Cognitive behavioral therapy for ADHD

The nature of cognitive-behavioral therapy (CBT) and how it can be used to help individuals with ADHD has sparked a lot of curiosity, but there's also a lot of misunderstanding. Cognitive-behavioral therapy (CBT) is a type of mental health treatment that focuses on the "here and now" thoughts and behaviors. This differs from typical psychoanalytic or psychodynamic treatment, which entails recapturing and reprocessing childhood events that may have led to contemporary emotional issues. CBT differs from past therapies in that its aims and procedures are defined explicitly and can thus be measured for each individual.

CBT's Beginnings and Early Applications

CBT evolved from a fusion of cognitive therapy (created by Aaron Beck in the 1960s and popularized by Albert Ellis) and behavior therapy (established by B.F. Skinner, Joseph Volpe, and others). We all have automatic thoughts, according to Beck and Ellis, that occur in response to an event, situation, or other stimuli. These thoughts or cognitions may be beneficial, resulting in happy feelings and successful coping, or they may be harmful, resulting in depression or anxiety, as well as maladaptive behavior. Irrational ideas or cognitive distortions are often the source of unpleasant thoughts. Here are several examples:

Perfectionism is fueled by all-or-nothing thinking.

Negative occurrences or outcomes are given special focus (and overlooking positive outcomes)

catastrophizing is the belief that something will be a disaster if it happens or does not happen.

Personalization is the act of considering oneself as the primary cause of a terrible external incident for which one is not accountable.

Therapy aids in the identification of these irrational beliefs by challenging and eventually negating them through discussion and home exercises, which usually include keeping thinking logs.

Cognitive therapy has evolved through time to treat depression and a variety of anxiety disorders, including generalized anxiety disorder, social anxiety, post-traumatic stress disorder, and obsessive-compulsive disorder. In treatment, both negative behaviors and negative ideas are addressed (hence the term cognitive-behavioral therapy). Within the session and at home, exercises often entail progressive, systematic exposure to arousing events, as well as the development and practice of skills to better control those situations, as well as confronting any unreasonable automatic ideas that may arise.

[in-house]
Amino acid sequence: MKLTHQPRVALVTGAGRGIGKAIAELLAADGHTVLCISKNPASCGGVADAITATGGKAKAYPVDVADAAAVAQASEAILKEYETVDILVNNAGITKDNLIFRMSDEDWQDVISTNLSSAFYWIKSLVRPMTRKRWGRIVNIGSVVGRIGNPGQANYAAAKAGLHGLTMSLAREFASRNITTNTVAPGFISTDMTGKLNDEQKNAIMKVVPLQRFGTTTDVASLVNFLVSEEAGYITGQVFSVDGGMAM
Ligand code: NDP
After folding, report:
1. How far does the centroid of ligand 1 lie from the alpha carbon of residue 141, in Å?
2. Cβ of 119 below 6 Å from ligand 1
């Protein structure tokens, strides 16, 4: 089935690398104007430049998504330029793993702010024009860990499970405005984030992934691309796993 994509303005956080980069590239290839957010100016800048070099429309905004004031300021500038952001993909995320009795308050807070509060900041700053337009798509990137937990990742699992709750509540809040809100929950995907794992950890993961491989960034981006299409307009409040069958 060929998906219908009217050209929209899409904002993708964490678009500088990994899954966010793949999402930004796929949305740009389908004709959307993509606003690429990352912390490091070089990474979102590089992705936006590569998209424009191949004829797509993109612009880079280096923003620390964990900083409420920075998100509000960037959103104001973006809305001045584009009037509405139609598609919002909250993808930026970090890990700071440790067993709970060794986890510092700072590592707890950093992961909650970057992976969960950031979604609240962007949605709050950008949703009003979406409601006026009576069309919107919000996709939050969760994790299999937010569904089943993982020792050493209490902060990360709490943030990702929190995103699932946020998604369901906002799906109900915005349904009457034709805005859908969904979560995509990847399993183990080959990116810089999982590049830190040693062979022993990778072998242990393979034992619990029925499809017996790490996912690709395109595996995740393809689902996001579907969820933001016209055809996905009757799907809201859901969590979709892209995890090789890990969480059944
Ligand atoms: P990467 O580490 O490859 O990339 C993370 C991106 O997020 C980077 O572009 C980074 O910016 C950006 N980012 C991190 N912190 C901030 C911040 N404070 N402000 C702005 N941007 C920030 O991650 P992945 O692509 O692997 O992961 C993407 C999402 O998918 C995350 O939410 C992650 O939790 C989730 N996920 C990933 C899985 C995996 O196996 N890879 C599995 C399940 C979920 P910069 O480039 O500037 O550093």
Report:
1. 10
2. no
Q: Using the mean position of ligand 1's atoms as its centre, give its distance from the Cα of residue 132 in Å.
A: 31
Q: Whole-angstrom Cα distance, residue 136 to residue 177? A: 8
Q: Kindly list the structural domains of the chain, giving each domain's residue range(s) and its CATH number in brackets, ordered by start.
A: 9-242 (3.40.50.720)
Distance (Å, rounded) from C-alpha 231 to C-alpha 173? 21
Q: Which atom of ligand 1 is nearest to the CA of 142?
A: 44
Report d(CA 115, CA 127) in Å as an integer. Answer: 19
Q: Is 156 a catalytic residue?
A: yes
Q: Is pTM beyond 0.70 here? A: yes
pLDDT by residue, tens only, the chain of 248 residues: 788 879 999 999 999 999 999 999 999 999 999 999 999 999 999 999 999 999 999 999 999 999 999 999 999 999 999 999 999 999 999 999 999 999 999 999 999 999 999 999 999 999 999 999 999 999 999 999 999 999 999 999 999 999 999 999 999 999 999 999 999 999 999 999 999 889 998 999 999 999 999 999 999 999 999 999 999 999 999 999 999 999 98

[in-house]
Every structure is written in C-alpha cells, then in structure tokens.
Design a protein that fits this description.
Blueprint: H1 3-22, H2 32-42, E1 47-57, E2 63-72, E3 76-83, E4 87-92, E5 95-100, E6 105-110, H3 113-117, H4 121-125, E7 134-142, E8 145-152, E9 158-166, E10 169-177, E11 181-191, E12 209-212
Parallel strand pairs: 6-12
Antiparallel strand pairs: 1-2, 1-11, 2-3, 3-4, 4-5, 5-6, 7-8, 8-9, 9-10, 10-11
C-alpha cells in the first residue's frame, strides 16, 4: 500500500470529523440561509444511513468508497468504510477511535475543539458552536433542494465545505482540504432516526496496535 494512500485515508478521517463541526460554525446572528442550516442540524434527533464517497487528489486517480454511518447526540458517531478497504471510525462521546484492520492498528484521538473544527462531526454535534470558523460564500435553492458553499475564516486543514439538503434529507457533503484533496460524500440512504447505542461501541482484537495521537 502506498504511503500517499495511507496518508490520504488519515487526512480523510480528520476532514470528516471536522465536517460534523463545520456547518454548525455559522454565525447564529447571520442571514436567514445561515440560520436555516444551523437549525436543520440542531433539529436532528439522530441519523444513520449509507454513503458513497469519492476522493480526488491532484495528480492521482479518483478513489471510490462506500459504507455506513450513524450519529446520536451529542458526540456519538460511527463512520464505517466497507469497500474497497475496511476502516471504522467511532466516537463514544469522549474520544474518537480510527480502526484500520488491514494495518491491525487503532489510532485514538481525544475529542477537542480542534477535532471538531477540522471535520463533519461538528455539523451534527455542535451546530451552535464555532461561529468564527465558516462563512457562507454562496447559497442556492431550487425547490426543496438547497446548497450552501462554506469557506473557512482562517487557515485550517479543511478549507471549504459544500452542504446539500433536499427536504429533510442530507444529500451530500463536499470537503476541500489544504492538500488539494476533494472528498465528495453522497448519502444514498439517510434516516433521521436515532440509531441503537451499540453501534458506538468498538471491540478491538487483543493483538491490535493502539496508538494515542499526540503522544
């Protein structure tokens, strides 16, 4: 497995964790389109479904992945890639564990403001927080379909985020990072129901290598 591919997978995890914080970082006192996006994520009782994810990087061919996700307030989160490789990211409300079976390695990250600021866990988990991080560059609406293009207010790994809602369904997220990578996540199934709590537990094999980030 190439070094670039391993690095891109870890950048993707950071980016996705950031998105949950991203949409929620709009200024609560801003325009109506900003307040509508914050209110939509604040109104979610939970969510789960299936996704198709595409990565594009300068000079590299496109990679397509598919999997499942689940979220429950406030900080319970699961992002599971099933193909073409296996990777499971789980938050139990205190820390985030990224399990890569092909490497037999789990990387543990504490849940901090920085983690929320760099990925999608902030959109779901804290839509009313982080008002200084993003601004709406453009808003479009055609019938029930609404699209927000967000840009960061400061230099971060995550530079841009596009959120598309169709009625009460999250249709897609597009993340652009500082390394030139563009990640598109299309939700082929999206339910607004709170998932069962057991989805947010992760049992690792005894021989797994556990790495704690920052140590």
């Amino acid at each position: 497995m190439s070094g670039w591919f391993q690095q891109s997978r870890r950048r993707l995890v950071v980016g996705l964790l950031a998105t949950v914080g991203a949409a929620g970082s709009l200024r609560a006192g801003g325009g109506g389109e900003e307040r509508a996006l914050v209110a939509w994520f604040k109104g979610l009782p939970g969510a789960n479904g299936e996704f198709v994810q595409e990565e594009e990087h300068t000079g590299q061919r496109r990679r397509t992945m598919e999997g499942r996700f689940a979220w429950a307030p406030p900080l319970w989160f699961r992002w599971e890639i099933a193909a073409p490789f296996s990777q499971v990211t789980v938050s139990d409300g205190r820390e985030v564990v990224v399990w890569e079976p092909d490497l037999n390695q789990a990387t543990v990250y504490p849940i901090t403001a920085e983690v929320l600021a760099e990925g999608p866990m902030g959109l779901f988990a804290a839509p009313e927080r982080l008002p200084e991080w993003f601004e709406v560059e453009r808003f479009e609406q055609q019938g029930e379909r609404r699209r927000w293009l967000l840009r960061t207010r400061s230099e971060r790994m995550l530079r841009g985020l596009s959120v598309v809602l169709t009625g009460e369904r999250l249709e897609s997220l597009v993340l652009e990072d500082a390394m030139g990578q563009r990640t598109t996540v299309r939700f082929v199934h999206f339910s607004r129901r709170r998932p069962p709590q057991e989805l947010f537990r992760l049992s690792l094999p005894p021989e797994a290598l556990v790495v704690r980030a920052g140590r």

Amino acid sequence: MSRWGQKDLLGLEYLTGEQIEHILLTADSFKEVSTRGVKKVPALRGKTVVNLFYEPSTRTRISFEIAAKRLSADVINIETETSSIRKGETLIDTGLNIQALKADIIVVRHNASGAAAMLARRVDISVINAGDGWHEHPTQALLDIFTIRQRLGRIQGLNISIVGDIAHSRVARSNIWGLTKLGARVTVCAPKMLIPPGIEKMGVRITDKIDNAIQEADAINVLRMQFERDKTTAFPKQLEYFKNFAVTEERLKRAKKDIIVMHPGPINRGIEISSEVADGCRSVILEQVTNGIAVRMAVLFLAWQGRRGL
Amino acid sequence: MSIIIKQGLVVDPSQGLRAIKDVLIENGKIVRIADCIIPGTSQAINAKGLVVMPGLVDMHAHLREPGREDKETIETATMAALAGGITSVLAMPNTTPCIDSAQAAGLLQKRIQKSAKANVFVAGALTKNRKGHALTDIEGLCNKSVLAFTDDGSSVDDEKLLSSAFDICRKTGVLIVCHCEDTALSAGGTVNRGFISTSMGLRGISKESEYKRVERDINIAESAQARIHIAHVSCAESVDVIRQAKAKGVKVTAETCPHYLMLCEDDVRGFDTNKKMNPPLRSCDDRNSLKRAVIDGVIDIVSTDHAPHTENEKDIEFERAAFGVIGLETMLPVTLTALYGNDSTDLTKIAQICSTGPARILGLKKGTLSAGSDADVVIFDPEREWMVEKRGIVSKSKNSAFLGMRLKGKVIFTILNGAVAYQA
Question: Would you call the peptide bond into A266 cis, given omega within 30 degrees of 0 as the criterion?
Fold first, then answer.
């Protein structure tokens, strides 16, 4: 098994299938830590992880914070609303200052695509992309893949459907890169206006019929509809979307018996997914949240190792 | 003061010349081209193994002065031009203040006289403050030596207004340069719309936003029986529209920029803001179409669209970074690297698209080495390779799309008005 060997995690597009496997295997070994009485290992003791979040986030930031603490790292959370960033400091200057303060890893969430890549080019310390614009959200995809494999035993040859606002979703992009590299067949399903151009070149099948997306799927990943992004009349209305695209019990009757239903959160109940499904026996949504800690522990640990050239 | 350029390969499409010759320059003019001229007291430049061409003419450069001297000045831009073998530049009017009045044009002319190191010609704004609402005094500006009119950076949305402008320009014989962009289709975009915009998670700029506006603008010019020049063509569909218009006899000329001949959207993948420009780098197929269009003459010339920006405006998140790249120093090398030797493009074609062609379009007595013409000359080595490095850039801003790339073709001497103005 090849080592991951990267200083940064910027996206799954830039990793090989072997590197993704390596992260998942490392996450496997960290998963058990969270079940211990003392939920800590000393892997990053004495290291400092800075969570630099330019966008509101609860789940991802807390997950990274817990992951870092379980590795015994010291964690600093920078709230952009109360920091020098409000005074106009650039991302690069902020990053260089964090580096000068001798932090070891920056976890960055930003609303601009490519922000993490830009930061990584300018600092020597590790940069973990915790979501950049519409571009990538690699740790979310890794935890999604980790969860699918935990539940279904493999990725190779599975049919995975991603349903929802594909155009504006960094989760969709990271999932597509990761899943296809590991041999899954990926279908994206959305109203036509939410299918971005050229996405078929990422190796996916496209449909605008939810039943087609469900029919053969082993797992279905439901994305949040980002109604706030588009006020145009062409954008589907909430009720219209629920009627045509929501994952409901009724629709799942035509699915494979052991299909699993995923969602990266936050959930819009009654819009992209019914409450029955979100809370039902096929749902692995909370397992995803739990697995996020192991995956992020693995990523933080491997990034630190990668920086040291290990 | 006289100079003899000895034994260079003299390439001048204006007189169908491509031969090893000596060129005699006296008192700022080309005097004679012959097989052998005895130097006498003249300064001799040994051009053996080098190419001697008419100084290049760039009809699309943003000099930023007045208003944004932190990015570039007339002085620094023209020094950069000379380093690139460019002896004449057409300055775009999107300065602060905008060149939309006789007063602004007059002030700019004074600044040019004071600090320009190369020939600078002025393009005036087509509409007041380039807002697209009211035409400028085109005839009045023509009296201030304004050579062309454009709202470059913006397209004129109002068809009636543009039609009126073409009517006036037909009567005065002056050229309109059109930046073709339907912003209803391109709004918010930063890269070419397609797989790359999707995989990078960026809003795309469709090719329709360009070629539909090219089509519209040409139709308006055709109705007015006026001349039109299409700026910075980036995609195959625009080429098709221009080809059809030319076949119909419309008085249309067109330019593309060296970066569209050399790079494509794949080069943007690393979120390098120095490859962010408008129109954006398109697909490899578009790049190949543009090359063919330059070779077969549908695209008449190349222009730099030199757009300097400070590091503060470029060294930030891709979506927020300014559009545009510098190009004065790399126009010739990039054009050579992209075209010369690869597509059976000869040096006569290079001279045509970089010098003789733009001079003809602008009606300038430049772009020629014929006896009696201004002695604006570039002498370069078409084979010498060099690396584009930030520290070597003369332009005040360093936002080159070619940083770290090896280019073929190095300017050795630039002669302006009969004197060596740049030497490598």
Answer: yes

What role does CBT play for adults with ADHD?

Adults with ADHD can benefit from CBT in two ways. First, in recent years, CBT programs for adults with ADHD have been designed expressly for them. Some of these programs are designed to assist people in improving their executive functions, which are required to effectively manage time, organize, and plan in the short and long term. Others concentrate on emotional self-control, impulse control, and stress management.

Furthermore, it is widely known that individuals with ADHD are more prone than adults in the general population to suffer from anxiety and depressive disorders. In a big nationwide survey, it was discovered that 51% of persons with ADHD had co-morbid anxiety and 32% had co-morbid depression. Treatments for these diseases that include CBT may thus be beneficial to many adults with ADHD, even if they are not expressly designed to address the symptoms and impairments associated with ADHD.

Executive dysfunction programs are classified as cognitive-behavioral therapy because they teach more adaptive cognitions about how to plan, organize, and prioritize tasks, as well as more successful behavioral skills. The self-instruction to "break down hard or unpleasant tasks into manageable portions" is an example of adaptive cognition. Using a planner on a regular basis and creating a file system are two examples of behavioral skills. Positive thoughts and actions reinforce one another; as a person gets more adept at managing time, he or she develops more positive self-beliefs and cognitions, which help to produce and maintain more adaptive behaviors.

In the treatment of adults with ADHD, how does CBT compare to medication?

Numerous studies have demonstrated that stimulant and non-stimulant medications are beneficial in treating ADHD in adults. CBT has been shown in studies to be beneficial whether or not a person is being treated with medication. Although no direct comparisons of CBT and medication have yet been made, clinical experience suggests that they have different effects: While medication can help with the fundamental symptoms of distractibility, short attention span, and impulsivity, CBT is more successful at improving executive self-management habits and skills, as well as emotional and interpersonal self-control.